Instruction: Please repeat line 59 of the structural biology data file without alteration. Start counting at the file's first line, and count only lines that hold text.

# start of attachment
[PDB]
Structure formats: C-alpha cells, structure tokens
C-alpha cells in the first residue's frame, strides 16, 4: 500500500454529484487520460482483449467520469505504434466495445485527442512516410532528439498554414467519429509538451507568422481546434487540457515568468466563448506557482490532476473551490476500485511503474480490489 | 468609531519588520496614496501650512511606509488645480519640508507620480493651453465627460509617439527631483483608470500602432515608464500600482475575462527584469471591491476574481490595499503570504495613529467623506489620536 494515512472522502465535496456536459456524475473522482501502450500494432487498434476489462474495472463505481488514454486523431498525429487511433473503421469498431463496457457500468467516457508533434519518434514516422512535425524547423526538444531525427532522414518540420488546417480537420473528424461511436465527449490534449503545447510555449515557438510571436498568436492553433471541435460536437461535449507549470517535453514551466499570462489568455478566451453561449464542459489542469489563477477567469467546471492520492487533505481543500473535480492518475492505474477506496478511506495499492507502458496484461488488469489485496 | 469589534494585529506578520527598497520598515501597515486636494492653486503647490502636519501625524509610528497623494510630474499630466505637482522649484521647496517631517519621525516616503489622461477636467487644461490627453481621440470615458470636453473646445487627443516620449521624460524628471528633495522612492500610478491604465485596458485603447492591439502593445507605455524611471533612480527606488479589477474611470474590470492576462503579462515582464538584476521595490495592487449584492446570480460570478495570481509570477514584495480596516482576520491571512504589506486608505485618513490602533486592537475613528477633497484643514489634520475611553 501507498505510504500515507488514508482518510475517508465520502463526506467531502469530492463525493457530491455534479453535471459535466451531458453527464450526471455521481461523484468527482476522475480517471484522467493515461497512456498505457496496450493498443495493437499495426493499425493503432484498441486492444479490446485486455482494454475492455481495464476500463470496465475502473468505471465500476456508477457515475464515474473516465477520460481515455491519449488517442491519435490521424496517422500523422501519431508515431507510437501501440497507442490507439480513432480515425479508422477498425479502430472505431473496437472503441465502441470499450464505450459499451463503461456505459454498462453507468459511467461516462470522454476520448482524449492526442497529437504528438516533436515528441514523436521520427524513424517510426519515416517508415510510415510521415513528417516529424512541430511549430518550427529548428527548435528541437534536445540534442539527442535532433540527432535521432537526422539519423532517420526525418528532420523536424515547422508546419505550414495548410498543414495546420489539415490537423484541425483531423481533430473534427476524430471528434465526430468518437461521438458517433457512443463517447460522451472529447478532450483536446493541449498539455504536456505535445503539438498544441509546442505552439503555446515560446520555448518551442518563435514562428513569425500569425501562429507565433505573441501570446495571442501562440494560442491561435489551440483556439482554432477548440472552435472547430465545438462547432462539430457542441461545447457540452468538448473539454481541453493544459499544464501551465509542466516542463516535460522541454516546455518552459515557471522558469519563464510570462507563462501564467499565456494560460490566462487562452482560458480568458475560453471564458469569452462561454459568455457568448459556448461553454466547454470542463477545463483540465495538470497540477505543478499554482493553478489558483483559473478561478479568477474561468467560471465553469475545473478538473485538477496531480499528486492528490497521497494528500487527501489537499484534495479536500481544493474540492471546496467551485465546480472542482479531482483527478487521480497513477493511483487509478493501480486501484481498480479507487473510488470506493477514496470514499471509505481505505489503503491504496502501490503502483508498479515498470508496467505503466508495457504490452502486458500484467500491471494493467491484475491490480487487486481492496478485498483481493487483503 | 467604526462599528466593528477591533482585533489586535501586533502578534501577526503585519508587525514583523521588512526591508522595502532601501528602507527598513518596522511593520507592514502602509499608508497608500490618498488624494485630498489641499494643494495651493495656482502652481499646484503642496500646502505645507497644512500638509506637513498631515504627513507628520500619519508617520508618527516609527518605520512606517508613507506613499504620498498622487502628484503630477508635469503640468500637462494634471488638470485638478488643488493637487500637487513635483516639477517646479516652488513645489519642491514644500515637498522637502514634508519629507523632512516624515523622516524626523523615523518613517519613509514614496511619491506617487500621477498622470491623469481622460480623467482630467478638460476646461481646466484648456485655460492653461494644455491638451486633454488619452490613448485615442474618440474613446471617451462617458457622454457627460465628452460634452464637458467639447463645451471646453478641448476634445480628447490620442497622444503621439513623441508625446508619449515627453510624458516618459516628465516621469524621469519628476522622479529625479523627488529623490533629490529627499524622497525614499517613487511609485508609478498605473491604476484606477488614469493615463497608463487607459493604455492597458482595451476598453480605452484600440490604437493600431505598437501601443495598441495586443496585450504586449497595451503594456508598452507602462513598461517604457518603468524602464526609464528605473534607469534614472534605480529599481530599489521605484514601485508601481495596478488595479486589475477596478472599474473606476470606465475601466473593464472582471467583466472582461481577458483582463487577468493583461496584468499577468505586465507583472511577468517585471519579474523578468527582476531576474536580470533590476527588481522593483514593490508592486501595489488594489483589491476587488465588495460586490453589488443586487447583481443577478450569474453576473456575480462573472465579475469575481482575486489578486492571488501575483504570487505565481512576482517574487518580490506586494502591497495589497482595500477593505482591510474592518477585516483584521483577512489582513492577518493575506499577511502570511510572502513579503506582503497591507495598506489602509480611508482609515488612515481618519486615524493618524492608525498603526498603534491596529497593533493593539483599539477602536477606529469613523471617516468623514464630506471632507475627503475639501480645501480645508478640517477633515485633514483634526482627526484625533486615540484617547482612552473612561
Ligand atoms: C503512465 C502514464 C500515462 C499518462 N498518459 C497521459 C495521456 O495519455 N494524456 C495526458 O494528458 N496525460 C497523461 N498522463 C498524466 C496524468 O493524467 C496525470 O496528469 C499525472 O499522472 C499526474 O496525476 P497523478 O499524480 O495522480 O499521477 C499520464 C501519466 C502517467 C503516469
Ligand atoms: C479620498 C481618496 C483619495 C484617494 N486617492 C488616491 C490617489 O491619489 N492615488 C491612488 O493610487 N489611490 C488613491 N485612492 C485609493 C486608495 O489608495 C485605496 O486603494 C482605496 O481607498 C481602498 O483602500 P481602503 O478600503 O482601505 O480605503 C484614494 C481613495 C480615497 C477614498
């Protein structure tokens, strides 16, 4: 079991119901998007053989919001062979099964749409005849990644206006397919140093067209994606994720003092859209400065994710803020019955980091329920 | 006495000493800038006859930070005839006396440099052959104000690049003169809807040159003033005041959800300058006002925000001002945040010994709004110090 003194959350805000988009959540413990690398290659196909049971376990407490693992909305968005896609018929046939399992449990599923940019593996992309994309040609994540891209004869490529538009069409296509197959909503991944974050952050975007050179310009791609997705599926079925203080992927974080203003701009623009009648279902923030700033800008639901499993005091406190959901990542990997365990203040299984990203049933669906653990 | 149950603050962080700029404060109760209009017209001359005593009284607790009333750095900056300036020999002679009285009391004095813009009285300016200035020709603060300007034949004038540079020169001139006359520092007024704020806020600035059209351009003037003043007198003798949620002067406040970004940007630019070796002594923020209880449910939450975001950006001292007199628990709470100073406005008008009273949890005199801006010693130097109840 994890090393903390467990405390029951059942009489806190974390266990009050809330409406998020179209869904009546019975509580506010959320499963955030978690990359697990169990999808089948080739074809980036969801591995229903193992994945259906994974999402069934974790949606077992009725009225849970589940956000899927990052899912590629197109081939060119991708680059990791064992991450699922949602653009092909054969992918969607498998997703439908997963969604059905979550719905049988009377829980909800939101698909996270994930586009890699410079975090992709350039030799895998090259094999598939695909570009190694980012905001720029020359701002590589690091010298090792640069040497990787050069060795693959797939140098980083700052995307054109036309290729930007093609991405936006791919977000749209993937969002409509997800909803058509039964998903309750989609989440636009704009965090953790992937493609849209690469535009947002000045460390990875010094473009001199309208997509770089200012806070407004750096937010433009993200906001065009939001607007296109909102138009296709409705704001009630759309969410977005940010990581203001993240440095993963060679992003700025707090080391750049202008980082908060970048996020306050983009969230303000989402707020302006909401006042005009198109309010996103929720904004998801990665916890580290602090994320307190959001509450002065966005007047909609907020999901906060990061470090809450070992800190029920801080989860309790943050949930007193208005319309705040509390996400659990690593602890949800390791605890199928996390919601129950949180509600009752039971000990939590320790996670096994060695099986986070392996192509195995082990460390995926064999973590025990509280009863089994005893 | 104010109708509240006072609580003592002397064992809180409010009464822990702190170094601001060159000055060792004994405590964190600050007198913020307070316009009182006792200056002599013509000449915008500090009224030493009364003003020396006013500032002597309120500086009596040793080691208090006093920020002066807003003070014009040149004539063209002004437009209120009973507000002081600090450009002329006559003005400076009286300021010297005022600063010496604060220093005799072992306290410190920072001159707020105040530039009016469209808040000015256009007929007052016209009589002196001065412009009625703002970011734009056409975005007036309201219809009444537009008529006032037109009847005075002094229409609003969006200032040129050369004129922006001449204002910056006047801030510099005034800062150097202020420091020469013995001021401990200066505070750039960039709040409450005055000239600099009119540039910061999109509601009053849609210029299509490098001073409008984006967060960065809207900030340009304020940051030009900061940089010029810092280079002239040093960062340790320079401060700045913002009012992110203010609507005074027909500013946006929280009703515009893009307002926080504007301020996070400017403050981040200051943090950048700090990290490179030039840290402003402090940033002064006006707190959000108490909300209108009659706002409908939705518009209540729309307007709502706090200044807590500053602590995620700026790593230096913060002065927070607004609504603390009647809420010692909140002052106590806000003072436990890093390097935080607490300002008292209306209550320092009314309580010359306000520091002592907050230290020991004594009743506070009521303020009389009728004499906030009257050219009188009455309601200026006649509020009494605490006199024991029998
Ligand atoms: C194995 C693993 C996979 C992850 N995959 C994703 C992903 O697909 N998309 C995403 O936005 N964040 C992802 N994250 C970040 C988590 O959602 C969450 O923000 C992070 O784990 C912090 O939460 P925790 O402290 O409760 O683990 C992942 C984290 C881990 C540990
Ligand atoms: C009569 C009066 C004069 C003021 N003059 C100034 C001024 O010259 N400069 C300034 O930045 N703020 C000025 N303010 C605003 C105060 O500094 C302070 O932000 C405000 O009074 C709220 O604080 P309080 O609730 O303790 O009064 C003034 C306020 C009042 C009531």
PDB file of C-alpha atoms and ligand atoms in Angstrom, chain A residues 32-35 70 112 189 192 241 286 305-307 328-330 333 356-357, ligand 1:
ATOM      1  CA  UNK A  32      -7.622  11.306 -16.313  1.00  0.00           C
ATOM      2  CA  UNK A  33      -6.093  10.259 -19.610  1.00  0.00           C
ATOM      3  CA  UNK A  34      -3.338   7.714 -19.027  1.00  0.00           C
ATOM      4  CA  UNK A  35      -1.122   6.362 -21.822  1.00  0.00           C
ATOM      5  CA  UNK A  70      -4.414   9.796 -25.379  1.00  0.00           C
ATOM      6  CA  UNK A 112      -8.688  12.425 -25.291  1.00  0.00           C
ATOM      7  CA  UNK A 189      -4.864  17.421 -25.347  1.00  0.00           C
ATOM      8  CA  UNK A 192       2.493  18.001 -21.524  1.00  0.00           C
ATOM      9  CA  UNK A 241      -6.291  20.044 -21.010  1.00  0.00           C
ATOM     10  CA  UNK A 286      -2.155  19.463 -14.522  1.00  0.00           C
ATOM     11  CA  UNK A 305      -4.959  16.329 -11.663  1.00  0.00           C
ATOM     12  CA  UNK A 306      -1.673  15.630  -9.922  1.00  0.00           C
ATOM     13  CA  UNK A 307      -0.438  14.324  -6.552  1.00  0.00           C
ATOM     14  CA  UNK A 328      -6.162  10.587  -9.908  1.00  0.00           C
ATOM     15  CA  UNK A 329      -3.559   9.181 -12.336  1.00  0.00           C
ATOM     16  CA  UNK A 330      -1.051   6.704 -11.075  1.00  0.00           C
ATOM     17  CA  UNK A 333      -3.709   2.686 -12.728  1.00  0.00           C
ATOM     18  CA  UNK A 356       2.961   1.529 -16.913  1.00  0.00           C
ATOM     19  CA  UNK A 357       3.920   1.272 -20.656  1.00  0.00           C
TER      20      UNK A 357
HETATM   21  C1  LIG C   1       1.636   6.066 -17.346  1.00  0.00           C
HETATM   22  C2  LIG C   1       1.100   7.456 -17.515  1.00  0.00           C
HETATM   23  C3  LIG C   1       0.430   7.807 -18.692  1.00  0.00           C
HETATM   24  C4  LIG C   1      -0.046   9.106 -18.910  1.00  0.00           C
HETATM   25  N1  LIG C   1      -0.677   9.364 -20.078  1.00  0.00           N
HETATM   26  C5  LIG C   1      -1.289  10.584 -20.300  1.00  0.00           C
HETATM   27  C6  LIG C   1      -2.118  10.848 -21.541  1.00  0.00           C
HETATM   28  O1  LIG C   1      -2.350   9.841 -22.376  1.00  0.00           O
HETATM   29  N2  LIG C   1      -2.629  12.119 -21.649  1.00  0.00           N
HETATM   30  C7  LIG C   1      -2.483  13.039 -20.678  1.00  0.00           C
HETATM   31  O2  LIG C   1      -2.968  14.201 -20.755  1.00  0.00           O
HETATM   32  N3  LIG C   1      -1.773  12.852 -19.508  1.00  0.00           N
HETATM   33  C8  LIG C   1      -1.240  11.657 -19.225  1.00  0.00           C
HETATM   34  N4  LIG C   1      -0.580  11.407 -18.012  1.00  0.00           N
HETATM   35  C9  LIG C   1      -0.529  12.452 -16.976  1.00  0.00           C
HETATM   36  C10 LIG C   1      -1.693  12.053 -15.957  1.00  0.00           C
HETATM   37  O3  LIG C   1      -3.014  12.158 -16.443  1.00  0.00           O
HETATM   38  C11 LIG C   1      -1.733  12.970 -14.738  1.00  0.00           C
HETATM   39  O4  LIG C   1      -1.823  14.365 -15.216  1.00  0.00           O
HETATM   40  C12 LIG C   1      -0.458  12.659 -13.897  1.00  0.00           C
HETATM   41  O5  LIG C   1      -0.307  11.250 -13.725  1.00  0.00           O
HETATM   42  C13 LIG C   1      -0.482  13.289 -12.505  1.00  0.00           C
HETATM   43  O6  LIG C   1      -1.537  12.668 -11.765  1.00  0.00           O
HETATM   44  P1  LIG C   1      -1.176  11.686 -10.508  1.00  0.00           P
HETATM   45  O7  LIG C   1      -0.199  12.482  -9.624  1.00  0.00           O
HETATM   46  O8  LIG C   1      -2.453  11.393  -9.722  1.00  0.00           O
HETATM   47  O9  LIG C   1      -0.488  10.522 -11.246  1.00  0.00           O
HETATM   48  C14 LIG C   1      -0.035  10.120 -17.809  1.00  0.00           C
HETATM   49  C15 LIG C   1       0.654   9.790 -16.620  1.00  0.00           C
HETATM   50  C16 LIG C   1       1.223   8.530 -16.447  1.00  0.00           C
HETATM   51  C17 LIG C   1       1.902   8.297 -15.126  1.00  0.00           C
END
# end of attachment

HETATM   50  C16 LIG C   1       1.223   8.530 -16.447  1.00  0.00           C